Back to Brexit – House of Lords EU Financial Affairs Committee recommendations on financial services after Brexit

01 April 2020. Published by Lucy Kerr, Senior Associate

The House of Lords EU Financial Affairs Committee has published recommendations on the financial services industry post-Brexit. The Committee recognised that this may not be a government priority due to COVID19, but EU negotiations and the future of the UK's financial services industry will be important issues in future months.

On 27 March 2020, the House of Lord EU Financial Affairs Committee published an open letter to Rishi Sunak, Chancellor of the Exchequer, setting out its recommendations regarding the financial services industry in a post-Brexit world.

The Committee presented six key conclusions and recommendations that may be broadly summarised under three headings: (i) the equivalence regime; (ii) approaches to regulation; and (iii) international cooperation in the financial services industry.

Equivalence regime

It was agreed in the Political Declaration that the future UK-EU relationship in financial services will be based on equivalence. Equivalence is a unilateral mechanism whereby trading partner A recognises partner B's trading standards and enforcement as equivalent to their own. This is already widely used between the EU and third countries, such as Japan, the USA and Canada. The Committee emphasised that the UK government should closely cooperate with the financial services industry to highlight the areas where equivalence is most important to UK financial services and prioritise these discussions with the EU.

The Committee warned that discussions around disruption to financial services should be addressed separately from broader negotiations on the UK-EU relationship so as to avoid these discussions becoming politicised.

There is a further concern that businesses may not be able to rely on equivalence for their cross-border activities if equivalence decisions can be withdrawn at short notice. Instead, the committee recommend that there should be a regular and structured regulatory dialogue and a phased approach to any withdrawal from equivalence decisions with clear timelines and consultation with the industry.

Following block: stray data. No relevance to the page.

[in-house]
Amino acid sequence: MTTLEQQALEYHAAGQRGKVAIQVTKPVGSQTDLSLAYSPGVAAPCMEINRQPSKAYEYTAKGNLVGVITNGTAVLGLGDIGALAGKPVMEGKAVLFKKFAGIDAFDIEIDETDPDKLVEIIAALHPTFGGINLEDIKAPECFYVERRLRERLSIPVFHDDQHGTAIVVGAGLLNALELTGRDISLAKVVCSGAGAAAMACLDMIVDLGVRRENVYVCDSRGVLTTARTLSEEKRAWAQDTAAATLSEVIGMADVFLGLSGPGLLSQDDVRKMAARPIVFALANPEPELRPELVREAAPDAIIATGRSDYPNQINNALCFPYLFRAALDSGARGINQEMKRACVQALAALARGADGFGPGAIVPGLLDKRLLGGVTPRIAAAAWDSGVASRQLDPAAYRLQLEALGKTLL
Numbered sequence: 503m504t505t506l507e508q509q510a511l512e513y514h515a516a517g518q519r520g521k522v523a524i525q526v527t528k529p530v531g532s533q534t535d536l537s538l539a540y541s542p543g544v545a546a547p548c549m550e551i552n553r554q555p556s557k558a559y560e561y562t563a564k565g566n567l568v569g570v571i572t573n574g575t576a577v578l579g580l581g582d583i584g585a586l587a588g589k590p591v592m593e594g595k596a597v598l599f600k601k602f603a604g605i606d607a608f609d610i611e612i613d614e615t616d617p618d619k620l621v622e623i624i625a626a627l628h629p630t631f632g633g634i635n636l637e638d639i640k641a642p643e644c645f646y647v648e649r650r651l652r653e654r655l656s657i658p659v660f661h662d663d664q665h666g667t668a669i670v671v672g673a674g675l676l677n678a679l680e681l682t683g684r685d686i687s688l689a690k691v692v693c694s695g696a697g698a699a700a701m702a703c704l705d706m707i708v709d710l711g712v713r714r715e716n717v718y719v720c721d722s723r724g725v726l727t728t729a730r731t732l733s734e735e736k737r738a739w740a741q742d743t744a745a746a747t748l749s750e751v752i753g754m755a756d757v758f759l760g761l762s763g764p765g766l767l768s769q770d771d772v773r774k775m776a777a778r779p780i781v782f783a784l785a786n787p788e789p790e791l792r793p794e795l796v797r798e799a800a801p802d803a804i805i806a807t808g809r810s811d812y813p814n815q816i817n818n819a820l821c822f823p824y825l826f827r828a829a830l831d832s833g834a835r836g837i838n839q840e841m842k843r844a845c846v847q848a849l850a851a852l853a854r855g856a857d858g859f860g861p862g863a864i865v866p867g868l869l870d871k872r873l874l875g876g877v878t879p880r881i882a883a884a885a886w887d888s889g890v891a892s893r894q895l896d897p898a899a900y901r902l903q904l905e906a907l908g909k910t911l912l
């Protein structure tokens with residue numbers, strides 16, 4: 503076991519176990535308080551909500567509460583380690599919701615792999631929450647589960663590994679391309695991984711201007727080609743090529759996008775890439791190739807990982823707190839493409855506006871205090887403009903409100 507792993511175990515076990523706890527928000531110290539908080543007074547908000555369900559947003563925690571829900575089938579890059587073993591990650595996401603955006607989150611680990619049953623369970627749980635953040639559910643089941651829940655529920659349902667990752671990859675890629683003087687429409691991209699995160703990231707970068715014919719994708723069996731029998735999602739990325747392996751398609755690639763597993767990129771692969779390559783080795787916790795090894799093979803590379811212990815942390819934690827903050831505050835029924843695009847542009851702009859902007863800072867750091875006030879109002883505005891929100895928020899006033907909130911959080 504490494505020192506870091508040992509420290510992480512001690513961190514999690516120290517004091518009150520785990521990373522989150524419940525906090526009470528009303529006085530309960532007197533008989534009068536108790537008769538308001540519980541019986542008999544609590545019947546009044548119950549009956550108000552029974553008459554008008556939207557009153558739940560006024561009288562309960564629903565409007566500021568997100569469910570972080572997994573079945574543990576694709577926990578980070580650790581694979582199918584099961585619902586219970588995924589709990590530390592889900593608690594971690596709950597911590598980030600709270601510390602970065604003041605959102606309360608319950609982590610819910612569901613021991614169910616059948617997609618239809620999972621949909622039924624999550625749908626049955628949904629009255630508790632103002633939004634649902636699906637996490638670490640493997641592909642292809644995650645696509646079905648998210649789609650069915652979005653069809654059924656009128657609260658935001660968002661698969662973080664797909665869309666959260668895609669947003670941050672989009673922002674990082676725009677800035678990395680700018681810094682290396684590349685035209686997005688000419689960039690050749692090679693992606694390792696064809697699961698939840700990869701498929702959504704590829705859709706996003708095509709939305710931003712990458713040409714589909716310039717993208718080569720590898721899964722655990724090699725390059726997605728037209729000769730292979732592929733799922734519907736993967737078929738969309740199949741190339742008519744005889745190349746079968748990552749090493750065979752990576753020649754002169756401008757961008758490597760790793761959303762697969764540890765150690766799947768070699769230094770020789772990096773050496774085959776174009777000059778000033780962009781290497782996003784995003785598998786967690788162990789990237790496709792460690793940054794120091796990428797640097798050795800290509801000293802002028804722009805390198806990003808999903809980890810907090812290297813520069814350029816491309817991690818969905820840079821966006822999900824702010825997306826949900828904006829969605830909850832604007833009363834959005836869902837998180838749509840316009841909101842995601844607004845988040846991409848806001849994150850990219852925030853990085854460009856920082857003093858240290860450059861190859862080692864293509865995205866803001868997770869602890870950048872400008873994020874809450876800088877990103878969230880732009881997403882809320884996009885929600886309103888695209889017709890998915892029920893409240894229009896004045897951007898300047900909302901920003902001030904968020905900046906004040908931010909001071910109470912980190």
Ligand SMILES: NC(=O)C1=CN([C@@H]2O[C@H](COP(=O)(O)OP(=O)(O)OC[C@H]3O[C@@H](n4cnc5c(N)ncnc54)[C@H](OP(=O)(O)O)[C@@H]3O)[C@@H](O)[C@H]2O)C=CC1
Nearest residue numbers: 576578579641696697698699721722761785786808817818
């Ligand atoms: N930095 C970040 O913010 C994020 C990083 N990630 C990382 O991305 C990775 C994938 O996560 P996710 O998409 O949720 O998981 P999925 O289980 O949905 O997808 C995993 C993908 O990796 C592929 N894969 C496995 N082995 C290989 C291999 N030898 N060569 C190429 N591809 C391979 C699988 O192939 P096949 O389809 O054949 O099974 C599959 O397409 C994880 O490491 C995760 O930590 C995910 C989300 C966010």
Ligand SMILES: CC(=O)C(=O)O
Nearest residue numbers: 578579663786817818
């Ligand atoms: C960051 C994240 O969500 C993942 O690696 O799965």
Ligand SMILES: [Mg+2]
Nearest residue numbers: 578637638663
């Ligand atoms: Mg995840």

Approach to UK regulation

Brexit provides an opportunity for the UK to take a new approach to financial regulation by delegating more powers to its regulators. The regulatory regime may benefit from increased flexibility and the ability to respond to market changes with technical expertise.

The Committee emphasised that effective scrutiny of regulators should be maintained. In response to any increased delegation of powers, there will need to be an increase in parliamentary oversight of regulators' activities.

The Committee recommended that, as UK and EU regulations start to diverge, the UK should tailor its regulatory regime to the UK context. This may be done through targeted adjustments to the regulatory regime, in particular through considerations of UK divergence from the EU in its implementation of the final Basel III standards and of other international standards.

International cooperation

Post-Brexit, the UK has an opportunity to lead international cooperation in the financial services industry. The Committee recommends that such cooperation should include multilateral discussions in order to develop common global regulatory standards and to build close relations with jurisdictions sharing a common approach.

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